Not many early library catalogues have been preserved, but those which have all show small libraries before the days of printing. At Oxford, where the university was broken up into colleges, each of which had its own library, the following college libraries are known to have existed: Peterhouse College (1418), 304 volumes; Kings College (1453), 174 volumes; Queens College (1472), 199 volumes; University Library (1473), 330 volumes. The last two were just before the introduction of printing. The Peterhouse library (1418) was classified as follows:
Subject Chained Loanable
Theology………… 61 63
Natural Philosophy.. 26 |
Moral Philosophy…. 5 | 19
Metaphysics……… 3 |
Logic…………… 5 15
Grammar…………. 6 |
Poetry………….. 4 | 13
Medicine………… 15 3
Civil Law……….. 9 20
Canon Law……….. 18 19
Totals………….. 152 152
(Clarke. J. W., _The Care of Books_, pp. 145, 147.)
 Survivals of these old privileges still exist in the German universities which exercise police jurisdiction over their students and have a university jail, and in the American college student’s feeling of having the right to create a disturbance in the town and break minor police regulations without being arrested and fined.
 See Compayre, G., _Abelard_, p. 201, for illustrations.
 One of the best known of the Troubadours was Arnaul de Marveil. The following specimen of his art reveals both the new love of nature and the reaction which had clearly set in against the “other-worldliness” of the preceding centuries:
“Oh! how sweet the breeze of April,
Breathing soft as May draws near,
While, through nights of tranquil beauty, Songs of gladness meet the ear:
Every bird his well-known language Uttering in the morning’s pride.
Reveling in joy and gladness
By his happy partner’s side.
“When around me all is smiling,
When to life the young birds spring, Thoughts of love I cannot hinder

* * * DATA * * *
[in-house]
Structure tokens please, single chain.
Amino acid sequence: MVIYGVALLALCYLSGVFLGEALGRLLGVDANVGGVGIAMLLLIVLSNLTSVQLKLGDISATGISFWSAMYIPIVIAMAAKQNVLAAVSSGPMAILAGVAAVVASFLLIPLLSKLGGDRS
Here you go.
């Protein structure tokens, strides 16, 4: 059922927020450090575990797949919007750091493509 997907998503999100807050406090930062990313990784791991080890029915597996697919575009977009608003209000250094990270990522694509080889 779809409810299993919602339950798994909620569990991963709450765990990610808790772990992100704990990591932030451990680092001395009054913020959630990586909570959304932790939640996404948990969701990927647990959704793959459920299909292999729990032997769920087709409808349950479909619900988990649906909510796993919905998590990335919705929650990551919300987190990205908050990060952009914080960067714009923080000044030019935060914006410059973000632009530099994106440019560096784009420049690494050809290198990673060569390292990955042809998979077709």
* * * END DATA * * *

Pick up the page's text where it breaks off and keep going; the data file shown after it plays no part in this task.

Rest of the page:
Come, my heart inspiriting-
Nature, habit, both incline me
In such joy to bear my part:
With such sounds of bliss around me Could I wear a sadden’d heart?”
 “In the Middle Ages man as an individual had been held of very little account. He was only part of a great machine. He acted only through some corporation–the commune, guild, the order. He had but little self- confidence, and very little consciousness of his ability single-handed to do great things or overcome great difficulties. Life was so hard and narrow that he had no sense of the joy of living, and no feeling for the beauty of the world around him, and, as if this world were not dark enough, the terrors of another world beyond were very near and real.” (Adams, G. B., _Civilization during the Middle Ages_, 2d ed., p. 363.)
 Adams, G. B., _Civilization during the Middle Ages_, 2d. ed., p. 364.
 Petrarch refused to have the works of the Scholastics in his library. Though a university man, he was out of sympathy with the university methods of his time.
 “Florence was essentially the city of intelligence in early modern times. Other nations have surpassed the Italians in their genius … but nowhere else except at Athens has the whole population of a city been so permeated with ideas, so highly intellectual by nature, so keen in perception, so witty and so subtle, as at Florence.” (Symonds, J. A., _The Renaissance in Italy_.)
 Sandys, J. E., in his _Harvard Lectures on the Revival of Learning_, pp. 35-41, gives a list of the more important later finds, which see.
 Of the Florentine scholars one of the most famous was Niccolo Niccoli (1363-1436), of whom Sandys says: “Famous for his beautiful penmanship, he was much more than a copyist. He collected manuscripts, compared and collated their various readings, struck out the more obvious corruptions, restored the true text, broke it up into convenient paragraphs, added suitable summaries at the head of each, and did much toward laying the foundation of textual criticism.” (Sandys, J. E., _Harvard Lectures on the Revival of Learning_, p. 39.)
 For example, Laurentius Valla (1407-57) of Pavia, exceeded Niccoli in ability in textual criticism. He extended this method to the New Testament and, at the request of King Alphonso, of Naples, subjected the so-called “Donation of Constantine,” a document upon which the Papacy based in part its claims to temporal power, to the tests of textual criticism and showed its historical impossibility. This, indeed, was a new and daring spirit in the mediaeval world, but it represented the spirit and method of the modern scholar.